“In the Holocaust, we lost the cradle, the major source of our culture,” said Carmon, today the head of a Jerusalem think-tank, The Israel Democracy Institute, during a visit to the Forward’s offices the other day. “That cradle now exists only in other forms of Judaism.”
In Carmon’s view, too many Israelis continue, like Yehoshua, to preach the old Zionist doctrine of “Negation of Diaspora.”
“Jews are a diasporic nation,” he said. “The distancing of Israel from the Diaspora poses an existential threat to Israel as the sovereign center of the Jewish nation. We are separating. We need each other.”
It ought to be obvious to both sides that Israelis are not wrong in their way of being Jewish, any more than Americans are wrong in their way — joining organizations, attending events, giving to charities and trying to live by what they understand as Jewish values. The two ways are merely different.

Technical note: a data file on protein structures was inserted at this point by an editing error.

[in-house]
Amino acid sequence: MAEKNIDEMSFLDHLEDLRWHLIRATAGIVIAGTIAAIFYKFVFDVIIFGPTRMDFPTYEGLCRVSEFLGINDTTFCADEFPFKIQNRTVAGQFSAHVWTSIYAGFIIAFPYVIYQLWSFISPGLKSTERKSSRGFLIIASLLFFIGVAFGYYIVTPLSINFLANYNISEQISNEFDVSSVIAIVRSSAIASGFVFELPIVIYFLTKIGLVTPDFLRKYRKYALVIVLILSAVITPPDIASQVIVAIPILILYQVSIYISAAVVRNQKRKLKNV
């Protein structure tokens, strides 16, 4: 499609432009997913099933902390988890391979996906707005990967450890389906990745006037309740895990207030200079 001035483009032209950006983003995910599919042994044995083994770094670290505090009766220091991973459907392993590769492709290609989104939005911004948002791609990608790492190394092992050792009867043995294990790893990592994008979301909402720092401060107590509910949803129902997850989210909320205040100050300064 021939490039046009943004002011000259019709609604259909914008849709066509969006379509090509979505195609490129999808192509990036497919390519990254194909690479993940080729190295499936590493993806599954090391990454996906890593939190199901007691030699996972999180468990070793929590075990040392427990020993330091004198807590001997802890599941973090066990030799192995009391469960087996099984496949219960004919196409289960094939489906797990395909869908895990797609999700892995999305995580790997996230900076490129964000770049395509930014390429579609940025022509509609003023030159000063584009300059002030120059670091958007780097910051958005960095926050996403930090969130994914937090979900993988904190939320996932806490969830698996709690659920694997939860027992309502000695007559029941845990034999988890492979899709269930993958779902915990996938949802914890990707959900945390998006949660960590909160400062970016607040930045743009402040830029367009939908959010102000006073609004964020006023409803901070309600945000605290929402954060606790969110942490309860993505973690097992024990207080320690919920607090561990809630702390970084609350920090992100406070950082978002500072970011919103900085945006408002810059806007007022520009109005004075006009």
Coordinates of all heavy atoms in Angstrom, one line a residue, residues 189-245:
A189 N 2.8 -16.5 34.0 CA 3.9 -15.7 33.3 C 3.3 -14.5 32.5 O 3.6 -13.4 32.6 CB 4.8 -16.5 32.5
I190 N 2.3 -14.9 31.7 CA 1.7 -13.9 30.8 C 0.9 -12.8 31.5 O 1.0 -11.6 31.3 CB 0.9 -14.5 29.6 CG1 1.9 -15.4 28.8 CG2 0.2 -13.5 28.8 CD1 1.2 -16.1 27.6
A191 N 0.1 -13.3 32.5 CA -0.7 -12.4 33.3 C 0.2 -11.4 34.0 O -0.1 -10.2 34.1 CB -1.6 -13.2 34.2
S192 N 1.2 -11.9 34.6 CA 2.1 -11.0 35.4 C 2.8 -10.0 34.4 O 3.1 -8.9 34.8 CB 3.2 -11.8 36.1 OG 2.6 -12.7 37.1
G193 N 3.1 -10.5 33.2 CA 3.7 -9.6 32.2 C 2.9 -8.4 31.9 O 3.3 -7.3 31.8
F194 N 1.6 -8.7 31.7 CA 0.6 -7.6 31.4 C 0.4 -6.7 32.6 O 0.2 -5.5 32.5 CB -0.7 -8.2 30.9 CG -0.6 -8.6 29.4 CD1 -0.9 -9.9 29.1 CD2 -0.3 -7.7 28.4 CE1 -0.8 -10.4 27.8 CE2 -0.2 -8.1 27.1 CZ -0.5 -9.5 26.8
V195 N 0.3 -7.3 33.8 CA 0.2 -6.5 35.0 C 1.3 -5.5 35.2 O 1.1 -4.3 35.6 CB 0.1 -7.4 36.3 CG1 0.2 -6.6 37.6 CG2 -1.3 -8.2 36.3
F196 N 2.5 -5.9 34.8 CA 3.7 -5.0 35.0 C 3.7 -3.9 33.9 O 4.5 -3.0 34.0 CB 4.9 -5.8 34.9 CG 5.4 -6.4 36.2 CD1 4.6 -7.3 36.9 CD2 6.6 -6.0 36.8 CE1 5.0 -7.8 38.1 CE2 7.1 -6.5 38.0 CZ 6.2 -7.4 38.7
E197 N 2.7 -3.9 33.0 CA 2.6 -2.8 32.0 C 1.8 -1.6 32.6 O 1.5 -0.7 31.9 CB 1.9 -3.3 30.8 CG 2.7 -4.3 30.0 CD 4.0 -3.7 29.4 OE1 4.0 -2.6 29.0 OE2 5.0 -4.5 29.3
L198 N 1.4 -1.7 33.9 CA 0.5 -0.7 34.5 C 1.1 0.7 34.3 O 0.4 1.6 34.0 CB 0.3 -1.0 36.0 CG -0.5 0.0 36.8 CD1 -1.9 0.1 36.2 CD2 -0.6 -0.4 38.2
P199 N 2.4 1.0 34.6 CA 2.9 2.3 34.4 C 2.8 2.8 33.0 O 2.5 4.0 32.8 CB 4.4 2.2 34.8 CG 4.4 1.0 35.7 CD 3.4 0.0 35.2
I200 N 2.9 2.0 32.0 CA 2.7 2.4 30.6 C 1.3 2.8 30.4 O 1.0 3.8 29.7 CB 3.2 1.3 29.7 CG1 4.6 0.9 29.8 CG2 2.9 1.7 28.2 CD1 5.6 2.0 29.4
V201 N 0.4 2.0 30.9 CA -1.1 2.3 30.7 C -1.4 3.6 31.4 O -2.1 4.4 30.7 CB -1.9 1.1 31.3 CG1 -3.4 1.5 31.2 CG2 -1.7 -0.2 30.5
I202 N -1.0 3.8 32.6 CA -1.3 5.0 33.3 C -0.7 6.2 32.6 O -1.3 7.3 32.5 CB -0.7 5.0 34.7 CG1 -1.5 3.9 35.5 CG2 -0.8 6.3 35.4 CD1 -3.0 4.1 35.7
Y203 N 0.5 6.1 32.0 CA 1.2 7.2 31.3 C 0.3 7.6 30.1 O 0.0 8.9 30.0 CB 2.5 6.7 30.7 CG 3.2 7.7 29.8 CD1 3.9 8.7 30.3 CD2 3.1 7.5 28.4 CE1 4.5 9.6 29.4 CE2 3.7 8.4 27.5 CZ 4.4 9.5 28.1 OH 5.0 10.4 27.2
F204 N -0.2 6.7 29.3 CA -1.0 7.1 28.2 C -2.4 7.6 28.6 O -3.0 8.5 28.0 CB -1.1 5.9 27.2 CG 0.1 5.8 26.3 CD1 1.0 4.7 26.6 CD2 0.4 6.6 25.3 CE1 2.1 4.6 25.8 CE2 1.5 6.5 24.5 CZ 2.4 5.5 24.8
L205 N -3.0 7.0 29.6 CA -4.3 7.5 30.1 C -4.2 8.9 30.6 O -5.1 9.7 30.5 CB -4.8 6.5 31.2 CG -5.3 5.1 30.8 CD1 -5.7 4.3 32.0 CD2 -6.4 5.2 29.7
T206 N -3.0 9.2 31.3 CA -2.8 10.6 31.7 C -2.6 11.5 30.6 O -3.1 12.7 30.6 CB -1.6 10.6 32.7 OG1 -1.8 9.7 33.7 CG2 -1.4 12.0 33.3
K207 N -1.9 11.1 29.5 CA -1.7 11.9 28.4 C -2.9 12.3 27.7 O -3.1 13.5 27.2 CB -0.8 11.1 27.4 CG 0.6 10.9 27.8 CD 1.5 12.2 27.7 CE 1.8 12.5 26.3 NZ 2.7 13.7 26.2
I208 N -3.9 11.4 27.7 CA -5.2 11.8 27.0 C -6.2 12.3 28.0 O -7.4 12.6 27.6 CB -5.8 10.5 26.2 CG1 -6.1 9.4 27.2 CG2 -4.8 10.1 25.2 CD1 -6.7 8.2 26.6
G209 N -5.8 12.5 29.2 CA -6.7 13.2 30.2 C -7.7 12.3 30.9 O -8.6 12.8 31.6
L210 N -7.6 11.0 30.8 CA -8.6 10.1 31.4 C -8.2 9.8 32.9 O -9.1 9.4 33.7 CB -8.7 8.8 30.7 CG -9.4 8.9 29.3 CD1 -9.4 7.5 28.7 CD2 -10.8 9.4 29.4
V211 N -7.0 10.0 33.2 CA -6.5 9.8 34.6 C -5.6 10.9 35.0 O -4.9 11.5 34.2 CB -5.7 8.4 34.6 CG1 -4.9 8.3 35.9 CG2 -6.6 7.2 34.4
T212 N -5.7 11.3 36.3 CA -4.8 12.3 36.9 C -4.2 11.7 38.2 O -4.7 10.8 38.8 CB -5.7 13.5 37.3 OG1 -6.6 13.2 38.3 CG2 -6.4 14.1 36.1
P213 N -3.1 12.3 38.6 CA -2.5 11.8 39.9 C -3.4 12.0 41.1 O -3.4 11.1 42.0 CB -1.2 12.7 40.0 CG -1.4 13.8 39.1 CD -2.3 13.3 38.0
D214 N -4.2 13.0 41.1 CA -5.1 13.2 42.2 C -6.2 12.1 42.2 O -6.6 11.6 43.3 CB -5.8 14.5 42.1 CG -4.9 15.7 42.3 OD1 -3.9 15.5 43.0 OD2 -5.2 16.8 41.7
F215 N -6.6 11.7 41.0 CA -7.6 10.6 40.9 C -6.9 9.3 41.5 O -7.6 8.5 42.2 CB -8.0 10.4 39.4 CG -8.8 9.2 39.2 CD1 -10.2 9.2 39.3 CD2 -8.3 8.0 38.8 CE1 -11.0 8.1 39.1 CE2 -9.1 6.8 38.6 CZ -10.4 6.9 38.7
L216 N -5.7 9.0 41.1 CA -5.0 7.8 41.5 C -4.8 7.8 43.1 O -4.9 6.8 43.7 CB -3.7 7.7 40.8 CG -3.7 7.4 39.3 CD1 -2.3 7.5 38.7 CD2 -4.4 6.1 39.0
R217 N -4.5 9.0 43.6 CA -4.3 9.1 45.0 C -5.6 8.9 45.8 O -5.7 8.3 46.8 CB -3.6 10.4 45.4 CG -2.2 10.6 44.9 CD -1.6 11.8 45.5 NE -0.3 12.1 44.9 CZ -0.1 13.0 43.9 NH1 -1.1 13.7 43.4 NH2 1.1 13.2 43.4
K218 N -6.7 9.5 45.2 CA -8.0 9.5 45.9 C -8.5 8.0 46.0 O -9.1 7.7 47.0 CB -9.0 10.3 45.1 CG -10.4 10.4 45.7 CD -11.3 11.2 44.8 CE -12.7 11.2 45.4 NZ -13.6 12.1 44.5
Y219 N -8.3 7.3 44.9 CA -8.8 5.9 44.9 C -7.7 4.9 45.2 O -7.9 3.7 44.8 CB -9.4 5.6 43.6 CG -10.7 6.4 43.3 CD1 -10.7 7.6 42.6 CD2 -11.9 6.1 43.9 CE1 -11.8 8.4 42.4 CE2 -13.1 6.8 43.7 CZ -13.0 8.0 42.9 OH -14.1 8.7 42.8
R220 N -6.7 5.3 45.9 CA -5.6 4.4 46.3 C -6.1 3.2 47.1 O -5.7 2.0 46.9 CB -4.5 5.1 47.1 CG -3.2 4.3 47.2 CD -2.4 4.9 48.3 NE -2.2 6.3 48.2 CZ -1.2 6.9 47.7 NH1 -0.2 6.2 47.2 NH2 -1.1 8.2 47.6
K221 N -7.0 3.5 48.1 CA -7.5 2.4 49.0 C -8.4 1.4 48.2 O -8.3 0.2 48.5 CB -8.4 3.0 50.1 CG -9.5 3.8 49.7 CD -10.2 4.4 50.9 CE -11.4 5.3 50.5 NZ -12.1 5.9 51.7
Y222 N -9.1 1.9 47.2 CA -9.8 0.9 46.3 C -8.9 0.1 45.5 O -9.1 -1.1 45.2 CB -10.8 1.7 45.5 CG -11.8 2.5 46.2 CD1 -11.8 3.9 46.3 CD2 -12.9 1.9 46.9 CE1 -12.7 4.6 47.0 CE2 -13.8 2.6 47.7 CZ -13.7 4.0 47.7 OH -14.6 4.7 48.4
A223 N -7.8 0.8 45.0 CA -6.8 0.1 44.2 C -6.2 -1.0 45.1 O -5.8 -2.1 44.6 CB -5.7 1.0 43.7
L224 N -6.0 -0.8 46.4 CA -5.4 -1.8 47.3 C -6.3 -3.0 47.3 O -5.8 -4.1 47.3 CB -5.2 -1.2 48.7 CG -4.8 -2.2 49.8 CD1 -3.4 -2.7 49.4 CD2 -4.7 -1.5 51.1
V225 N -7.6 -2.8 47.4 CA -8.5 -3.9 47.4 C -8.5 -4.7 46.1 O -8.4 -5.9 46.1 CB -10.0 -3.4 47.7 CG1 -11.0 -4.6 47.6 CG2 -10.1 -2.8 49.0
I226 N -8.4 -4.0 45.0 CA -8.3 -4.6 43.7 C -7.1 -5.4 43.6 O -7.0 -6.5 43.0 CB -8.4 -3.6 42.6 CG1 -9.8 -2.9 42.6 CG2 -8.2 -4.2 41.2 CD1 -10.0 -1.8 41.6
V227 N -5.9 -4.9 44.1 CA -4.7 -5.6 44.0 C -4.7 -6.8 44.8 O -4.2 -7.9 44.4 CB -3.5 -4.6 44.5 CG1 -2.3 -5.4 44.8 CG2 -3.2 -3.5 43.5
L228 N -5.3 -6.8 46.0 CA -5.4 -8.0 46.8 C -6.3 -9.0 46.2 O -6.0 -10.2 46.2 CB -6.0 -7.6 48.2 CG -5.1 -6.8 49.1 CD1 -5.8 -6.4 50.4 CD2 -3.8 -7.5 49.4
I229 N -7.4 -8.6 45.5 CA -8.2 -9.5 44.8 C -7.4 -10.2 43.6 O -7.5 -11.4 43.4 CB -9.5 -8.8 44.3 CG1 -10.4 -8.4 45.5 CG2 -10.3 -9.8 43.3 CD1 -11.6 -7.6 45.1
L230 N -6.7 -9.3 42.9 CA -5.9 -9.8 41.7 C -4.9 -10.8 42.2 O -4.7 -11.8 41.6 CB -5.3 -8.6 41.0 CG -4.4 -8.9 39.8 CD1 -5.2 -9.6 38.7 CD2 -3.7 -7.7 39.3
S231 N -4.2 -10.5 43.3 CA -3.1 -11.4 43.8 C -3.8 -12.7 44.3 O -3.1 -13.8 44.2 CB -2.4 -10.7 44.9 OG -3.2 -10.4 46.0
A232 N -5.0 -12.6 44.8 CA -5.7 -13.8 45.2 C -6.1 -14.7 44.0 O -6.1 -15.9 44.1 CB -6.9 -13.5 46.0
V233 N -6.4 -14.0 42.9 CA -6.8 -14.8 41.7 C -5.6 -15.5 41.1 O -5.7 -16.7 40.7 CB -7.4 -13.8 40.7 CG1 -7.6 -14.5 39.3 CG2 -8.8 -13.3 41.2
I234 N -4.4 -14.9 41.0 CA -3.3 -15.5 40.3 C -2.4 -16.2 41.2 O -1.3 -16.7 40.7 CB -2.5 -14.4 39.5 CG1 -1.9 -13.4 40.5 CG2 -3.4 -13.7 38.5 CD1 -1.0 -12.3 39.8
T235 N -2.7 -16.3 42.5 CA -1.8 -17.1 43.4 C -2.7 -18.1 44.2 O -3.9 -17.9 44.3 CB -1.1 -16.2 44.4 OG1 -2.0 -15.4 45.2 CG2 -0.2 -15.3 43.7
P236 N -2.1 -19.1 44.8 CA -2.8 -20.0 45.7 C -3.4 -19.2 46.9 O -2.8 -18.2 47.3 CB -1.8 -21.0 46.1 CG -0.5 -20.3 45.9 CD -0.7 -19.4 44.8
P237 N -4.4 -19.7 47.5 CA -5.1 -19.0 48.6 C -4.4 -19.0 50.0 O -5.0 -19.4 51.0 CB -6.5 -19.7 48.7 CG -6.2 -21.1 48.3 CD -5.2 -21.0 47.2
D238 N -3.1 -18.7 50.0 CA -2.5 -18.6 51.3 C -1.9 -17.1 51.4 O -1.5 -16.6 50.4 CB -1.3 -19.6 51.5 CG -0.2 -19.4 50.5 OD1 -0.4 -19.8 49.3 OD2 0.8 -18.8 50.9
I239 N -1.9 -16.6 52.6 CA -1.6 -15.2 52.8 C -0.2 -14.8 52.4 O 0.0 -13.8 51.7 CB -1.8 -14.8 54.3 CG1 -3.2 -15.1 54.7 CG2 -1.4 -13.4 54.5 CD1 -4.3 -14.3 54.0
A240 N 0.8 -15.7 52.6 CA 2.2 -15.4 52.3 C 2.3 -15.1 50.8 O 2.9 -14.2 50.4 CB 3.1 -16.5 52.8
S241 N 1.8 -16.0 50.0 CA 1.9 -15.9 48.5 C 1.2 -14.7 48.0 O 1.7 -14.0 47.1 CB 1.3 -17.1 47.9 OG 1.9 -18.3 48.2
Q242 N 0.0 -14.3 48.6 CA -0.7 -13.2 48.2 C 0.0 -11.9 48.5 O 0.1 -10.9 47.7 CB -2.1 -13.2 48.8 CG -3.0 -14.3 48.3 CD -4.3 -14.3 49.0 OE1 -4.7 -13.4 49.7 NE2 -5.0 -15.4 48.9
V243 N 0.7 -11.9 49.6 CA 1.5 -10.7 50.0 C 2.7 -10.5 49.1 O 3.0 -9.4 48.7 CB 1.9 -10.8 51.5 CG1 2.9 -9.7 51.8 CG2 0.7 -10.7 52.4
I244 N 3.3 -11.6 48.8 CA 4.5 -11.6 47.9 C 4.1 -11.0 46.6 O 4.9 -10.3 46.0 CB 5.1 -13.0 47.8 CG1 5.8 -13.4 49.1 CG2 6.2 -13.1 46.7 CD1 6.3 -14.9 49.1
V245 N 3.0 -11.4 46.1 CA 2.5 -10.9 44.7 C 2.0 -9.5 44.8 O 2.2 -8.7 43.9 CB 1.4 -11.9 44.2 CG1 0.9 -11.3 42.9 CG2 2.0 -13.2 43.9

Indeed, they are so different that neither one makes sense when seen through the eyes of the other. That would have been a useful lesson to extract from Yehoshua’s AJC presentation and from the audience’s reaction. Sadly, nobody was there to tease out the lesson and present it to the crowd. Everyone, it seemed, was trapped in one solitude or the other. Koppel, the moderator, set the tone in the first exchange of the evening, asking Steinsaltz, a Lubavitch Hasid, how he could assert that Jews share special traits in common. “That’s something antisemites have said for years, so I was a little surprised to hear it from you,” Koppel said, apparently unaware of the traditional doctrine of chosenness. Not surprisingly, then, when Yehoshua let loose with the Zionist doctrine of negating Diaspora, Koppel was caught completely off-guard.The missed opportunity was the fault, first of all, of the American Jewish Committee and its event organizers. They had put together a program that aimed to attract notice through star power, hoping to show AJC’s place in the stratosphere of American achievement. They forgot to ask if the invited celebrities knew anything about the topics at hand.